In watching The Empire Strikes Back, I was reminded of this post from several months back: "The Dress: Episode V - Han Solo's Jacket."  It turns out that science fiction fans have their own version of that dress that destroyed the internet in February of 2015.  In the Hoth scenes, there is some dispute about whether Han's jacket is brown or navy blue.  On my TV last night it looked brown to me, but now in this picture it looks navy blue.  Go figure.

But as I argued about the dress, this brings up interesting issues about philosophical skepticism.  Why do people get so dogmatically attached to their beliefs, especially when those beliefs often seem so precarious?  Why do people get so worked up about whether Han shot first or whether Jar Jar is a Sith Lord?

Whatever the answers to these philosophical quandaries might be, I am extremely excited to see what dogmatic beliefs people will get worked up about after watching Star Wars: The Force Awakens!

Tuesday, December 15, 2015

Dystopia, Death, and Relationships: Todd by Adam J. Nicolai

Post-apocalyptic dystopian stories have been all the rage lately  (The Hunger Games, Mad Mad: Fury Road, etc.), but readers familiar with Adam J. Nicolai's other books will know to expect something beyond normal in any genre he works with whether it's ghost stories, demonic possession, or high fantasy.

(In the interests of full disclosure, I should mention that the author is a good friend of mine.  Let that influence how you take this review if you must, but I can say that I genuinely loved this book).

The mystery of Todd begins when almost all humans and animals abruptly disappear, all that is, except for Alan and his son Todd.  Things are creepy right away, and the creepiness increases exponentially as the novel goes on.

Alan’s inner monologue is great.  I feel like I really know him after reading this.  Too often characters in these types of stories turn into steely-eyed Rambo survivalists over night.  It’s nice to see someone with plenty of self-doubt, regret, and real fear.  It’s far more realistic, but then readers familiar with Nicolai's thorough characterization will not be surprised.  Fans of Stephen King will note King's pervasive influence on that count and many others.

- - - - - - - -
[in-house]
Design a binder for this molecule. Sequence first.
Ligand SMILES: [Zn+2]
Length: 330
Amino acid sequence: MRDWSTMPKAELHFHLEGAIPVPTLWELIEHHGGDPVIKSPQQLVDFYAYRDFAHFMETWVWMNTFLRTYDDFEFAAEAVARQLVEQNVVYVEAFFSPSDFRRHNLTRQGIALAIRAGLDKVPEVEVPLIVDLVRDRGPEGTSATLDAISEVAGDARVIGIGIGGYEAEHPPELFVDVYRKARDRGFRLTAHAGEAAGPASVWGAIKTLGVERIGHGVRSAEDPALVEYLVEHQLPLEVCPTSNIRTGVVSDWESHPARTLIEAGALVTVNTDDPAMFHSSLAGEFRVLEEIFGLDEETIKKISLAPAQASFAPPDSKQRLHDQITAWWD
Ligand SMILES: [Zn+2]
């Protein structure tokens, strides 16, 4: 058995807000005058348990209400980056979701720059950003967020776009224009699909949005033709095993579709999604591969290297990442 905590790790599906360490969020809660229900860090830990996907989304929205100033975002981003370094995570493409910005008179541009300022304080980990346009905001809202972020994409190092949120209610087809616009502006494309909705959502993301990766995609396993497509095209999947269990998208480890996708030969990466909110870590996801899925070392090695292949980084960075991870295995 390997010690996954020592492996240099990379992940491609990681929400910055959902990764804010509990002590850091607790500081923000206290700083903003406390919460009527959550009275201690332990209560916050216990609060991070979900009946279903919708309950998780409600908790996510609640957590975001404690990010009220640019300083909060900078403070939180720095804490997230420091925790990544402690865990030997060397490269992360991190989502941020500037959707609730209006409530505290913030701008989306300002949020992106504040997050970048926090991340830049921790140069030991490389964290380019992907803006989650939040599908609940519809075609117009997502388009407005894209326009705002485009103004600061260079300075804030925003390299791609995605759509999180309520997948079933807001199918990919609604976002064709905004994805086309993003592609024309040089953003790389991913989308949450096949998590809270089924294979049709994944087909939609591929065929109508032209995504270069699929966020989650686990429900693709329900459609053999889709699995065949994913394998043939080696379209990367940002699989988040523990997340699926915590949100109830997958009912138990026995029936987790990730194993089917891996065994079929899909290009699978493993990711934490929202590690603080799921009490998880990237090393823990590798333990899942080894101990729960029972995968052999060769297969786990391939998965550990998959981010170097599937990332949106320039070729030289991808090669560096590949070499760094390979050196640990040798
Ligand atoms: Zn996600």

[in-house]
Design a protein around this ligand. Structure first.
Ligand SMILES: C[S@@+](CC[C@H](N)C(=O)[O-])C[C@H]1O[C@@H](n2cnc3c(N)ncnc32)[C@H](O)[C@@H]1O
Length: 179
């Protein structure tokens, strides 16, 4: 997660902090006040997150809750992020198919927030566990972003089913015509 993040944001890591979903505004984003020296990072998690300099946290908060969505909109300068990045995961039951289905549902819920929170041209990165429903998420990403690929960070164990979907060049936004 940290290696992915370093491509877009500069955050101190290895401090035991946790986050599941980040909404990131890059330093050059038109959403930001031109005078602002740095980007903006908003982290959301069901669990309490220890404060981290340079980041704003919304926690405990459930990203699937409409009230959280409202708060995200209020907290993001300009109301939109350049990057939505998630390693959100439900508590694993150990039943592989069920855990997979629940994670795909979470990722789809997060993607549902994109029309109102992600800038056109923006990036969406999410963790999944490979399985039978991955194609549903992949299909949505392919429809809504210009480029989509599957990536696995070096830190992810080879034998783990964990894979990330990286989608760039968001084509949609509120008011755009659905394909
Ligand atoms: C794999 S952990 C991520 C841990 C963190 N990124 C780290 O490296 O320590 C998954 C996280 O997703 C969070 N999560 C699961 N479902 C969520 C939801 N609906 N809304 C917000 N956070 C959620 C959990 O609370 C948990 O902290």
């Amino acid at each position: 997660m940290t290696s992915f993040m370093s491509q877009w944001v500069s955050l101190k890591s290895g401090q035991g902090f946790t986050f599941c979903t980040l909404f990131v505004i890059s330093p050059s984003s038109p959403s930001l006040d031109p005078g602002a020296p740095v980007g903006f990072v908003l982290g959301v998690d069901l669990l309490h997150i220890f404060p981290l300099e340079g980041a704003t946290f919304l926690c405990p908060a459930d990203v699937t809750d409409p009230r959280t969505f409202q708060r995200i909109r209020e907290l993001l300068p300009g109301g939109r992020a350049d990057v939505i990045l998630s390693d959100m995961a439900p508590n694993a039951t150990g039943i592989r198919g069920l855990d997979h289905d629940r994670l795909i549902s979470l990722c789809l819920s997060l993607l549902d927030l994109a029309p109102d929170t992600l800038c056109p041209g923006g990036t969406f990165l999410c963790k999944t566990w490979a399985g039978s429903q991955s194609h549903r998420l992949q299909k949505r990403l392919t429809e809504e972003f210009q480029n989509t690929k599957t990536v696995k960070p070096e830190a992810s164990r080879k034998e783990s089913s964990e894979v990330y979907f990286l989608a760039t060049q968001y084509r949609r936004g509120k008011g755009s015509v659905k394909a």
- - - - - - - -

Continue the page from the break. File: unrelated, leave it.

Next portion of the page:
Monday, December 14, 2015

Visionary Fiction: Octavia's Brood: Science Fiction Stories from Social Justice Movements (Edited by adrienne maree brown and Walidah Imarisha)

"Visionary fiction encompasses all of the fantastic, with the arc always bending toward justice.  ... Once the imagination is unshackled, liberation is limitless." 
- Introduction, Octavia's Brood (p. 4)

I love Octavia Butler, and I share the notion that science fiction can be helpful in thinking about social justice, so I was keen to read Octavia's Brood: Science Fiction Stories from Social Justice Movements.  The editors, adrienne maree brown and Walidah Imarisha, have coined the term "visionary fiction" to describe the focus of the anthology.

I became slightly worried, however, when the Introduction went on to say that some of the contributors have never written fiction before, much less science fiction.  This definitely shows for many of the stories.  It's not so much that they're bad, but many aren't all that original or interesting as science fiction (or fantasy or horror).  For instance, Bao Phi's "Revolution Shuffle" is okay, but feels more like Walking Dead fan fiction than anything innovative in the genre.  With a few exceptions, like brown's "The River," I admit I was disappointed with most of the first third of the book.  If the first 100 pages were indicative of the whole, this anthology would be just okay.